Russ Girling, the Calgary-based energy company’s chief executive officer, said in a statement that National Energy Board and Quebec officials will be informed TransCanada won’t go forward with the applications.

“We appreciate and are thankful for the support of labour, business and manufacturing organizations, industry, our customers, Irving Oil, various governments, and the approximately 200 municipalities who passed resolutions in favour of the projects,” Girling said in a release.

“Most of all, we thank Canadians across the country who contributed towards the development of these initiatives.”

The proposed Energy East project would have carried more than one million barrels of oil every day from Alberta and Saskatchewan across the country to be refined in Quebec and New Brunswick and then exported. It would have added 1,500 kilometres worth of new oil pipelines to an existing network of more than 3,000 kilometres, which would have been converted from carrying natural gas, to carrying oil.

The company says it will take a $1-billion charge to write down the project on its books in its next quarterly results. But the full price tag for the project would have been much higher, with some estimates at as much as $16 billion.​

The company first proposed the project in 2013, when oil prices neared $100 a barrel. But the project’s future had come in doubt since then as the economics changed, and regulatory and environmental hurdles started piling up.

As recently as last month, TransCanada suspended its application to the National Energy Board (NEB) and hinted it might decide not to pursue the project in light of the regulator’s new, tougher review process.

TransCanada shares were slightly higher on Thursday, an indication that investors weren’t surprised by the news, considering TransCanada announced last month it would undergo a “careful review” of the process.

“We were not assigning much of a probability of the project proceeding as scheduled,” TD Bank analyst Linda Ezergailis said in a note to clients after the cancellation was announced.

Energy East was an oil pipeline, but the Eastern Mainline project, which was also killed on Thursday, would have transported natural gas along the north shore of Lake Ontario.

New Brunswick Premier Brian Gallant said in a statement that the company’s decision not to move forward with Energy East is “not good news” for those who wanted to see the pipeline built, including the provincial government.

“Like many New Brunswickers, we are disappointed. The project would have created jobs in New Brunswick and helped the Canadian economy,” Gallant said.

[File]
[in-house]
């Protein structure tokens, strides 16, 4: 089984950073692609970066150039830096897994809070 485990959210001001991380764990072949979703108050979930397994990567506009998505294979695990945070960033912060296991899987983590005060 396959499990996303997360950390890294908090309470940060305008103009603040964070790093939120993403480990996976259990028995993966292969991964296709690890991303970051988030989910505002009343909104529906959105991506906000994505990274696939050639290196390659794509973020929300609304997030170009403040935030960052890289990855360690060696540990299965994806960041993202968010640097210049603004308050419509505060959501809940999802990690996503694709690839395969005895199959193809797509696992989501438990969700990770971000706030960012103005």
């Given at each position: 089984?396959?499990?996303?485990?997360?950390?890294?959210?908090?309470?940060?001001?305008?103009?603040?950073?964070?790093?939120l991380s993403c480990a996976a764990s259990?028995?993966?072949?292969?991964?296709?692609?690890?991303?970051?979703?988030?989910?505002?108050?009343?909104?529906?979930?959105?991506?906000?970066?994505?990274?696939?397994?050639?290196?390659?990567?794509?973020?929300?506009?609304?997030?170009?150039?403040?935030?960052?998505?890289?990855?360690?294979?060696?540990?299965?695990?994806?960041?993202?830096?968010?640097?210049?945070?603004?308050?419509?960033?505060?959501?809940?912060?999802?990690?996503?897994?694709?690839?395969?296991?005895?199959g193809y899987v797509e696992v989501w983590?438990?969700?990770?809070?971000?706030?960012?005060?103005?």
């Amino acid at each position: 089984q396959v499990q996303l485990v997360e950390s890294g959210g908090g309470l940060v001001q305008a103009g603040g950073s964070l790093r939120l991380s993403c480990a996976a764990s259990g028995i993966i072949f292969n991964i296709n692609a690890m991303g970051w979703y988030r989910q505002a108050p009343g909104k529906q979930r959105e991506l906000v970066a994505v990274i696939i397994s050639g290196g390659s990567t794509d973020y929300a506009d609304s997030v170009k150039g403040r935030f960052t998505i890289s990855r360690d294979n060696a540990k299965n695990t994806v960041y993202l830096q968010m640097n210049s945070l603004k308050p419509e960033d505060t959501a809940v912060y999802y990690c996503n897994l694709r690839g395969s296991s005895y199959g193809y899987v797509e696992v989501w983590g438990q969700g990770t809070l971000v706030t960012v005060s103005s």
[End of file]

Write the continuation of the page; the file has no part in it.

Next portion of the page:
His counterpart in Alberta, Premier Rachel Notley, echoed those sentiments, saying, “We are deeply disappointed by the recent decision from TransCanada. We understand that it is driven by a broad range of factors that any responsible business must consider. Nonetheless, this is an unfortunate outcome for Canadians.”

The Canadian Energy Pipeline Association expressed its disappointment with the decision, and blamed governments for forcing the company’s hand.

“The loss of this major project means the loss of thousands of jobs and billions of dollars for Canada, and will significantly impact our country’s ability to access markets for our oil and gas,” CEPA said.

“Pipelines are the only viable way to move large quantities of oil and natural gas to markets, safely and responsibly. With global demand for energy expected to rise and extensive supply potential in Western Canada, Canada will be missing out on a significant economic opportunity if governments do not see value in pipeline projects such as Energy East.”

CBC News Posted: Oct 05, 2017

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How to Fight A Pipeline: Dakota Access Battle offers Blueprint for Protest

The tactics used in North Dakota — resistance camps, prominent use of social media, online fundraising — are now being used against several projects.

Staff – Red Power Media | April 08, 2017

Prolonged protests in North Dakota have failed to stop the flow of oil through the Dakota Access pipeline, at least for now, but they have provided inspiration and a blueprint for protests against pipelines in other states.

The months of demonstrations that sought to halt the four-state pipeline have largely died off with the February clearing of the main protest camp and the completion of the pipeline, which will soon be moving oil from North Dakota to a distribution point in Illinois.

Four Sioux tribes are still suing to try to halt the project, which they say threatens their water supply, cultural sites and religious rights. But they’ve faced a string of setbacks in court since U.S. President Donald Trump moved into the White House.

Despite the setbacks, Dakota Access protest organizers don’t view their efforts as wasted. They say the protests helped raise awareness nationwide about their broader push for cleaner energy and greater respect for the rights of indigenous people.

“The opportunity to build awareness started at Standing Rock and it’s spreading out to other areas of the United States,” said Dave Archambault, the chairman of the Standing Rock Sioux tribe, which has led the legal push to shut down the pipeline project.